You just shouldn't bother. It's not worth the risk.
Good summary, but to elaborate a bit:
- Mono is not quite .NET, so incompatible, and with Microsoft's history of making changes that break compatibility, mono is not likely to ever catch up.
- .NET applications are so often not well designed, in my experience. I suspect it may be because of the combination of poor development skills and an IDE that makes it all too easy to make poor design choices. I don't know if it still is this bad, but last I worked with Windows development, the C++ IDE I used had encapsulated network protocols in classes that could then be placed on the application window. Very easy, but unfortunately the Windows desktop is not re-entrant, which means that it is a very bad idea to, in effect, wire a listener for an asynchronous background activity into it. All you need is two network packets right after each other and a slow update of the screen, and the whole things dies.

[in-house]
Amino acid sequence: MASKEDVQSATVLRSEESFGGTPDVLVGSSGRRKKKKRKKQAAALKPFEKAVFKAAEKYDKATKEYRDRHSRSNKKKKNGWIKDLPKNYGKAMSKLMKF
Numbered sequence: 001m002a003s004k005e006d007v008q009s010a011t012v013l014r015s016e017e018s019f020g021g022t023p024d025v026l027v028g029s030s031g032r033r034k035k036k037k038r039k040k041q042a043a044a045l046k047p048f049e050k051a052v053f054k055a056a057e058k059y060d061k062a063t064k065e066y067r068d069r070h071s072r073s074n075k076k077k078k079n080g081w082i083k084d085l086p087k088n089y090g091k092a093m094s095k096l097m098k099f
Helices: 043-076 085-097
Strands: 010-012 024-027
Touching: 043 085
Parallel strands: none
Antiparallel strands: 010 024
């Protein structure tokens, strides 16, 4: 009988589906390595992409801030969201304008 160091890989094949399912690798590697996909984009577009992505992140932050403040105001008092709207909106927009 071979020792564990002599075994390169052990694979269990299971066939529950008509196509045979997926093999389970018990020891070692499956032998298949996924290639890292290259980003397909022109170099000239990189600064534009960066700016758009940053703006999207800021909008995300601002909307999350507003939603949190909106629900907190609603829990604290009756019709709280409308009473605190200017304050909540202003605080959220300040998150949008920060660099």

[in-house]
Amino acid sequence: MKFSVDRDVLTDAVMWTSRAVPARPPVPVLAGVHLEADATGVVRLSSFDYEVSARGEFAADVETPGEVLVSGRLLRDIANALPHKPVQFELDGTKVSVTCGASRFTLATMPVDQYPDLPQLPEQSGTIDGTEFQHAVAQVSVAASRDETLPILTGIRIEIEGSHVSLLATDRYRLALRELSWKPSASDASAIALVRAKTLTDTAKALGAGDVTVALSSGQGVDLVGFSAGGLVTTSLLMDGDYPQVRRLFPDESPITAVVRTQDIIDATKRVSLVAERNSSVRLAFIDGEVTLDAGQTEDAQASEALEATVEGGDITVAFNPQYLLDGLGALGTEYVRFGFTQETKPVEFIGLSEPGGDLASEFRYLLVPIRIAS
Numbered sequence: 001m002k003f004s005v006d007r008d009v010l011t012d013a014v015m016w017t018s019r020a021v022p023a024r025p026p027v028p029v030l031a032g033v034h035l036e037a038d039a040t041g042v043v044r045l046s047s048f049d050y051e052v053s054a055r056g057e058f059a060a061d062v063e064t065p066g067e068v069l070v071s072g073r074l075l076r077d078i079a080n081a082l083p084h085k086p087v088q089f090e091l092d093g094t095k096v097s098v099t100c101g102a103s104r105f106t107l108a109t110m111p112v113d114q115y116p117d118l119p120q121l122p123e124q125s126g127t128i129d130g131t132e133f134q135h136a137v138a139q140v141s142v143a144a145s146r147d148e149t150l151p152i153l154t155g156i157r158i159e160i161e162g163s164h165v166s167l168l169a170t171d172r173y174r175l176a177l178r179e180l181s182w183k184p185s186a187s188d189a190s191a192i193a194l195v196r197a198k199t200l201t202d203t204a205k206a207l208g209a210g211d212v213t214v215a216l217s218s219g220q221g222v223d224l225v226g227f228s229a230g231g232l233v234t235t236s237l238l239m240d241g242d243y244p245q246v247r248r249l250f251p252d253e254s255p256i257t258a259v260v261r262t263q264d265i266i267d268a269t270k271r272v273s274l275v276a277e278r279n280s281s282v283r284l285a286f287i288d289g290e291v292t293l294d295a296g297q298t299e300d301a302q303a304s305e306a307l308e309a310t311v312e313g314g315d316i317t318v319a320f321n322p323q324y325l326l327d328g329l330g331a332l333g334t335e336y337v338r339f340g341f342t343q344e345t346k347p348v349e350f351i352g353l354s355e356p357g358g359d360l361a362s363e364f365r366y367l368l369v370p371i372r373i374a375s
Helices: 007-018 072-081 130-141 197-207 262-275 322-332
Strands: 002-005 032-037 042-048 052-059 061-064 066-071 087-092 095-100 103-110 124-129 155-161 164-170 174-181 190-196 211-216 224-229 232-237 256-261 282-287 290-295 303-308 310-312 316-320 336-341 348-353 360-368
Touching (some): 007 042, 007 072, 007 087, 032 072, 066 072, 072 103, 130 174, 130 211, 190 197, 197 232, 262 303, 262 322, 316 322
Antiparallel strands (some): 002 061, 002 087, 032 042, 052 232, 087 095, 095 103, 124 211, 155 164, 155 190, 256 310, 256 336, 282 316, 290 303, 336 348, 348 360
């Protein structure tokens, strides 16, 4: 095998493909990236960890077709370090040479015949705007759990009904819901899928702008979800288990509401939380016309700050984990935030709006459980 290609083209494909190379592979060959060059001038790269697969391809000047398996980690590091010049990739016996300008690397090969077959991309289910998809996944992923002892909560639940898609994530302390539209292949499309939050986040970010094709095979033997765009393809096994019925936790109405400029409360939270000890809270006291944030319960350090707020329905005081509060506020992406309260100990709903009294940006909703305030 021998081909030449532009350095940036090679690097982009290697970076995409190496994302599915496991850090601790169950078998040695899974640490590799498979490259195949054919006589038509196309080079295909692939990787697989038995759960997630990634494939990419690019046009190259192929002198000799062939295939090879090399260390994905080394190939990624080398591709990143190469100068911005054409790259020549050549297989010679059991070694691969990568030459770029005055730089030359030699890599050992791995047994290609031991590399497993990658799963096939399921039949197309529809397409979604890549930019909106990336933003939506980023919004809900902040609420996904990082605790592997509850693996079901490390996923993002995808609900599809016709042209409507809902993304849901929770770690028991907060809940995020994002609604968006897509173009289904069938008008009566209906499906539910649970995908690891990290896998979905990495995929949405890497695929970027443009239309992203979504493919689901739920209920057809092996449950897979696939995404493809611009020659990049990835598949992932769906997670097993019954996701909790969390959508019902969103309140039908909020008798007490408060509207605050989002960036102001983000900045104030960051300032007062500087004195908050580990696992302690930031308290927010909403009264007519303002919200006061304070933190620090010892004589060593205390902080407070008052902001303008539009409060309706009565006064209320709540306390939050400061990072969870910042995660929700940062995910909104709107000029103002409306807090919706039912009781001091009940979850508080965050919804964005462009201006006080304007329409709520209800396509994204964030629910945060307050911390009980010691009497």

- There does not seem to be an obvious need for .NET - we already have Java, which is universally available (IBM have even designed a dedicated 'Java CPU') and highly standardised. Just look at the heaps of acronyms: JMX, JNDI, ...
- There are several, very good IDEs that support Java extremely well: NetBeans, JDeveloper, Eclipse and no doubt loads more. NetBeans, for example, comes with features that nag you into adopting a good programming style.
And so on. .NET looks to me like a dead end. It may not be dead yet, but it is definitely not what you would call sprightly.